Moving on from your current job can be the gateway toward a new career, a new job, or perhaps a long awaited retirement. So when you walk out the door from your current workplace, you want your last earnings to quickly follow you. If you find your last paycheck is being delayed, you should know that California law is very clear. Once you leave your job, you are supposed to get your final payment in a very quick and timely manner.
You are going to work with a higher-than-usual anticipation of the workday because you are expecting your quarterly performance evaluation. As a recent hire, you are excited to see if you have been able to effectively showcase your career strengths in your brief time in your new position in California. However, upon getting to work and receiving the envelope containing your evaluation, you are surprised to find a rather low score with several behavioral suggestions that do not seem to describe your actions. Have you been the victim of workplace retaliation?
For decades, the restaurant industry has been a bastion for sexual harassment, sexism and workplace bullying. Many who work in the restaurant industry are women, immigrants, and, in some cases, undocumented immigrants, who may feel powerless in confrontations with crude and offensive co-workers, customers and managers.
Imagine a scenario where a California employee is suddenly approached by a supervisor. It turns out the employee’s genetic history has been discovered, and the employer learned that the employee’s family contains genetics that are conducive to developing a certain form of cancer. The employee is then terminated from that workplace. If you are familiar with this kind of situation, you should also know it is illegal under federal law.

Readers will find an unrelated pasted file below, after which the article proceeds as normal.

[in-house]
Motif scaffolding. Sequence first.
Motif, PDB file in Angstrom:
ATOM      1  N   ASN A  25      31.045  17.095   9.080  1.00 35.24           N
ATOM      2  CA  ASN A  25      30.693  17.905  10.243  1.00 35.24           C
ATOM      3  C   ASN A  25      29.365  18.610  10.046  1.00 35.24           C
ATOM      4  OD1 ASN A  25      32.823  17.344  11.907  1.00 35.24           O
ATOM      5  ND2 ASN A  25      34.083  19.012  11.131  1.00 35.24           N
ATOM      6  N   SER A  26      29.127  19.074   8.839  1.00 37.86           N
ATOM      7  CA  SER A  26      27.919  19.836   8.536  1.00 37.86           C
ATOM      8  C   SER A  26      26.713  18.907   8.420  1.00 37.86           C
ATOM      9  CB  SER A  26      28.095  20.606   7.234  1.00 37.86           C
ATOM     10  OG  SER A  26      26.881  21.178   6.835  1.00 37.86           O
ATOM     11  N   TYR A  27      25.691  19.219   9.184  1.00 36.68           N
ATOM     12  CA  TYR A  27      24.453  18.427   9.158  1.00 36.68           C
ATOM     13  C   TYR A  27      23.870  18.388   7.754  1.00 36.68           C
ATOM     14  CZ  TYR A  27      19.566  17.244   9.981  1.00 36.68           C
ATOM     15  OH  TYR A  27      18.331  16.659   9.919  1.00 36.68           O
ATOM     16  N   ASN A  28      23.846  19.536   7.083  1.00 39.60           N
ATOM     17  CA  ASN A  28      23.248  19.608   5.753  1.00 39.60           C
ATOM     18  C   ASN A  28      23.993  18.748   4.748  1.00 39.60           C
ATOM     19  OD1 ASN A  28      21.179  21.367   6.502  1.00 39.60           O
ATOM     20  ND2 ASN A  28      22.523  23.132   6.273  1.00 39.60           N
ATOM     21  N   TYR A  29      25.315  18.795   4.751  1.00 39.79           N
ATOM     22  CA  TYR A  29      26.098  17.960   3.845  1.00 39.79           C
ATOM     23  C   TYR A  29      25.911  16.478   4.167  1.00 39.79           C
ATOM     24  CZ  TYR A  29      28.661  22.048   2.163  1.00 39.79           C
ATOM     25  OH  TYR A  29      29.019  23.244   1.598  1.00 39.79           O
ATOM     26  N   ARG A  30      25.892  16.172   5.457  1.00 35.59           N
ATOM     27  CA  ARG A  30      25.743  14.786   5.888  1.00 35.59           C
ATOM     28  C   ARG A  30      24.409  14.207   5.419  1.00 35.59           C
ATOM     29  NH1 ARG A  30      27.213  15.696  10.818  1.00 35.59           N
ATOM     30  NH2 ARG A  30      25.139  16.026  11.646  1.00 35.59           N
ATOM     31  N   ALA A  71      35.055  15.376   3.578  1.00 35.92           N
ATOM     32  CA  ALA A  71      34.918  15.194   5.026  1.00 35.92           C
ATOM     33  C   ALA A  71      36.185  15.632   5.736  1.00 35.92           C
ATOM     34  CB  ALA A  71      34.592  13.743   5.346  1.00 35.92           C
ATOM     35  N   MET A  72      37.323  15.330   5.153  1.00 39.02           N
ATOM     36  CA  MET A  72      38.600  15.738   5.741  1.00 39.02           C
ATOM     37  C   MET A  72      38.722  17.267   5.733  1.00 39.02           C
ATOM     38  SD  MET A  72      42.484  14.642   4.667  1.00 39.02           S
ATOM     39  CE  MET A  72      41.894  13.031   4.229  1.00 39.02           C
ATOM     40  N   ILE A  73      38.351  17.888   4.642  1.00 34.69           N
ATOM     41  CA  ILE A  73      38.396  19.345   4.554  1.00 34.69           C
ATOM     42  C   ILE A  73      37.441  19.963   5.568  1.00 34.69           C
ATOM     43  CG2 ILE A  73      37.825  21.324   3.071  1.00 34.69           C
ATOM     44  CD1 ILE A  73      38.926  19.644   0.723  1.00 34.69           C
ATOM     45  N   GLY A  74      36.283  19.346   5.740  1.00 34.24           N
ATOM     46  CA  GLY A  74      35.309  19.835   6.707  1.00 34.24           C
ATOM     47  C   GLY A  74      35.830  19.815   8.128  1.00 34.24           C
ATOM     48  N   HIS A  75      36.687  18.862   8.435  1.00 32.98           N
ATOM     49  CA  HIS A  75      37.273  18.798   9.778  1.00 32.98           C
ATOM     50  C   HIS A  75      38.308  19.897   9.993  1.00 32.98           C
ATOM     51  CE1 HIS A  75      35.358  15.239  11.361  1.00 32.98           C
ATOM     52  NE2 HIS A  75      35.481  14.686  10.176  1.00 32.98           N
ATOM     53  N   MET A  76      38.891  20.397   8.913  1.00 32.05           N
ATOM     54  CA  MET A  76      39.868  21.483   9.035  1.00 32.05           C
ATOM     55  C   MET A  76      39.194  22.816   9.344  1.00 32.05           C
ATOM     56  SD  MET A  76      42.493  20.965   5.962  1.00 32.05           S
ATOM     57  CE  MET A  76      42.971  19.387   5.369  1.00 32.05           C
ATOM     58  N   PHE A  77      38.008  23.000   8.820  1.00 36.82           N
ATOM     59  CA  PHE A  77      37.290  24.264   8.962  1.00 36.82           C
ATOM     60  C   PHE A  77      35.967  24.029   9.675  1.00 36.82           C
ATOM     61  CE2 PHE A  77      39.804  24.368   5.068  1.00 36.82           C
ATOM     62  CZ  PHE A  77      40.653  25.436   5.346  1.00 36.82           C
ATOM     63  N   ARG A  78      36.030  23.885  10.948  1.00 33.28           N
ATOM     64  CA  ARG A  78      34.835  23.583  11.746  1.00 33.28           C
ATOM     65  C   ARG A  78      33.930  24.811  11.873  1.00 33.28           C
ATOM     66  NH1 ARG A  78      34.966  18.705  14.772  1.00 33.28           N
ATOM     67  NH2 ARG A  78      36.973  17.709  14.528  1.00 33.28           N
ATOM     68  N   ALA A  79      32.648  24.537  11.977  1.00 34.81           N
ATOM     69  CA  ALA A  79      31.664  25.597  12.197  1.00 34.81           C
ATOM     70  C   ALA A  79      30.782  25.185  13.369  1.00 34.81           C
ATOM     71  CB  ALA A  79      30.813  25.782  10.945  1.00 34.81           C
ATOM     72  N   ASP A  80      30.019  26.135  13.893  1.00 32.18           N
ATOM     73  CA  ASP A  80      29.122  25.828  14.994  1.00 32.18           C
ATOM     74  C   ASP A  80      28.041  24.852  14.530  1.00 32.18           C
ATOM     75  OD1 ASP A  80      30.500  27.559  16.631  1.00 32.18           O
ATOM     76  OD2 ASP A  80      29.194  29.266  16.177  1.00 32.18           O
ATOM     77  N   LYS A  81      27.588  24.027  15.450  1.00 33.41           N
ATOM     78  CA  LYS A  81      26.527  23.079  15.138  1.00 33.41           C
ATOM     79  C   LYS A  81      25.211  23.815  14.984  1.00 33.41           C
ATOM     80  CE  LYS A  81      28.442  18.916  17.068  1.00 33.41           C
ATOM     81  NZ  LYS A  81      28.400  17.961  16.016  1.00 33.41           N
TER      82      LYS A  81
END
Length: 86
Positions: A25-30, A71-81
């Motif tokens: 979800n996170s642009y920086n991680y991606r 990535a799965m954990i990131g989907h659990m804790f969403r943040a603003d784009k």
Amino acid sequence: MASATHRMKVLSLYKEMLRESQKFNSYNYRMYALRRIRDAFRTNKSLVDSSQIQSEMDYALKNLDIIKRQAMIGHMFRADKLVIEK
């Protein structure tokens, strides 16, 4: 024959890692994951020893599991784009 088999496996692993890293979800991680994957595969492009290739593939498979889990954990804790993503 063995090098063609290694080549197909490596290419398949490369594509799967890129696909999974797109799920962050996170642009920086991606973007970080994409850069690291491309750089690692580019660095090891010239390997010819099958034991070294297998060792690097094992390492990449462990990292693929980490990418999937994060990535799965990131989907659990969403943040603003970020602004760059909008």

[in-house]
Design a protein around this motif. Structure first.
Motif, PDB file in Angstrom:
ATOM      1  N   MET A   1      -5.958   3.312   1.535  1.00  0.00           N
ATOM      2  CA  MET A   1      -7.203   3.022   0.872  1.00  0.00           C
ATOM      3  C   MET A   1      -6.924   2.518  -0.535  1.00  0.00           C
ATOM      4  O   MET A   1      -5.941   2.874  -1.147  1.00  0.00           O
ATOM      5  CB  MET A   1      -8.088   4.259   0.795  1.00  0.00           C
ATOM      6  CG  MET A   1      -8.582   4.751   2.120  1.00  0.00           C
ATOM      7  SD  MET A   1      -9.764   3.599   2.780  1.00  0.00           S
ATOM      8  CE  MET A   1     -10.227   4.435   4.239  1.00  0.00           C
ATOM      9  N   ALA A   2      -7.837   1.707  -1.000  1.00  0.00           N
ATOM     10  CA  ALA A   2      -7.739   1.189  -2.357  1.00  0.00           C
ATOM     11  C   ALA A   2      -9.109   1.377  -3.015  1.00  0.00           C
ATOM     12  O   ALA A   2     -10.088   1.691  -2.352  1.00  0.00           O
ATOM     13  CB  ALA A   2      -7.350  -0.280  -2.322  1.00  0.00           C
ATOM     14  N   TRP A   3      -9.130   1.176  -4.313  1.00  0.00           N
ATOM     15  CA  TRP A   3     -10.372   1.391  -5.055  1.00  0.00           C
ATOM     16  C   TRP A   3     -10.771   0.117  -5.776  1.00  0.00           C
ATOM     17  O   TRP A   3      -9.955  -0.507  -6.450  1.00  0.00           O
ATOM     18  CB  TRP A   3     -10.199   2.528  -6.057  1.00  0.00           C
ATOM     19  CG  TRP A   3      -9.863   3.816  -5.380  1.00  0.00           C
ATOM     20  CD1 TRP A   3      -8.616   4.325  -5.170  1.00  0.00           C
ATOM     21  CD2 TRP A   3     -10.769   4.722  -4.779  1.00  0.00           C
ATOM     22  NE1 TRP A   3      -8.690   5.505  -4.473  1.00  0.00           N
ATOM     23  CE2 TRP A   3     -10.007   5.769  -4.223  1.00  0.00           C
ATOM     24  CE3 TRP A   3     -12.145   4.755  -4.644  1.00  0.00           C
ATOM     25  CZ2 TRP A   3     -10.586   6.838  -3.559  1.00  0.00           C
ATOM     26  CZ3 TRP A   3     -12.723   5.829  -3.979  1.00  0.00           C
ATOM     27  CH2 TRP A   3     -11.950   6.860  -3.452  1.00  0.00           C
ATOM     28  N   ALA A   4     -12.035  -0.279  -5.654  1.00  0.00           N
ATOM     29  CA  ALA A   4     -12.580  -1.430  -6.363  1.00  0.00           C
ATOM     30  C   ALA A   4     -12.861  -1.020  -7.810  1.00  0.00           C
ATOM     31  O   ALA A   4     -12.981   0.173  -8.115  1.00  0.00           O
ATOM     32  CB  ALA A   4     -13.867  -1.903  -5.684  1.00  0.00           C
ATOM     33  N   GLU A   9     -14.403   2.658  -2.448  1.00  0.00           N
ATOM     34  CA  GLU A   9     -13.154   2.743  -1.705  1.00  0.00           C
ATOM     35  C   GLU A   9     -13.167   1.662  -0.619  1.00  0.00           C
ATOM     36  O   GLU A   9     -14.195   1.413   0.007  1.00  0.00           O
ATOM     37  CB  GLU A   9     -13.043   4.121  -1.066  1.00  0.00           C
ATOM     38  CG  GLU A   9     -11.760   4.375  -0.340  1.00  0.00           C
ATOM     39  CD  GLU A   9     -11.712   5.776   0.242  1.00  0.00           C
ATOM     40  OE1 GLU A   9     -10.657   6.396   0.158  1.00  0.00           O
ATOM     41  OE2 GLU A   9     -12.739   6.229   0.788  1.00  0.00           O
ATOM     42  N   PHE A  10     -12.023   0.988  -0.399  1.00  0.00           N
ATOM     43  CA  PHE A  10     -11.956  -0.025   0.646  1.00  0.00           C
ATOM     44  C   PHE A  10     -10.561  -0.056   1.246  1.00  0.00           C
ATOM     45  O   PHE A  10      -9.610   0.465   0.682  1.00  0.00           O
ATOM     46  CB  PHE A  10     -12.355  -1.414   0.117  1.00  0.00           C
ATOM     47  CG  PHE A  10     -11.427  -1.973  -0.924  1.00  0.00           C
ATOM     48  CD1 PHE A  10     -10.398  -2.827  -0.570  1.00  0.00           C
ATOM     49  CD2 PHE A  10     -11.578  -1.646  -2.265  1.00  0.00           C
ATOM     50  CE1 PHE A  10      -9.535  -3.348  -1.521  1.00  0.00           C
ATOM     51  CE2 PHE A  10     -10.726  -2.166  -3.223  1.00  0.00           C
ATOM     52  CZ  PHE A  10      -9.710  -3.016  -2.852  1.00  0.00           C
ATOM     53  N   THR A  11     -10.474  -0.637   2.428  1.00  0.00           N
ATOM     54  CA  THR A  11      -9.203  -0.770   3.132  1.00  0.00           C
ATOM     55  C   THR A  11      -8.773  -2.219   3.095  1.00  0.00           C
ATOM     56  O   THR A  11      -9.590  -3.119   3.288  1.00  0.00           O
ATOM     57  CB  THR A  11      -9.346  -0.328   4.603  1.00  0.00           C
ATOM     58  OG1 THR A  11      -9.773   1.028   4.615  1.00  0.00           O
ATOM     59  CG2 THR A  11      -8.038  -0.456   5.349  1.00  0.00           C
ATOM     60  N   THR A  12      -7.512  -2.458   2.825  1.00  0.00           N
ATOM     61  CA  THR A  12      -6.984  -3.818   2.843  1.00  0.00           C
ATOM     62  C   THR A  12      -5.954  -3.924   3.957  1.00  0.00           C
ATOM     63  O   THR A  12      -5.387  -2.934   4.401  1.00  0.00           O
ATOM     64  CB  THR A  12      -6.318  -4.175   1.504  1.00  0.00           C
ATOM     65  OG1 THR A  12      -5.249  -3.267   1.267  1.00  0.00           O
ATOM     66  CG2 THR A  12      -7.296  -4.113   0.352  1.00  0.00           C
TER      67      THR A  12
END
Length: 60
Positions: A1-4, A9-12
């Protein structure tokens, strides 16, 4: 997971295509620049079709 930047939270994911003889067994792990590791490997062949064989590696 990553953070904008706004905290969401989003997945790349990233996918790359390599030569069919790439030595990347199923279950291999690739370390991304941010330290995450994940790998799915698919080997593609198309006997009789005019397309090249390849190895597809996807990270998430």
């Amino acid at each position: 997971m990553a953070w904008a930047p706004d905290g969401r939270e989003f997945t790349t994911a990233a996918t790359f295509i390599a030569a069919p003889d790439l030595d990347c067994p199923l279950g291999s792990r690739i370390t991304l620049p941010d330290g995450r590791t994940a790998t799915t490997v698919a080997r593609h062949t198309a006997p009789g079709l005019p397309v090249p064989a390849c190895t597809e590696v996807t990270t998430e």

Few things are as disappointing and frustrating as receiving less than you expect on a paycheck. The sting is even worse if you sacrificed important time with your family or friends to work overtime. If you are lucky, then your employer might give you the money you deserve without any trouble. However, some California employers are less grateful towards their employees than others. If you happen to be working for someone who has refused to pay money that you worked hard for, you might still have some options available.
While civil rights for lesbian, gay, bisexual and transgender people have come a long way in the last decade, there is still no nationwide law protecting LGBTQ workers from harassment or discrimination in the workplace.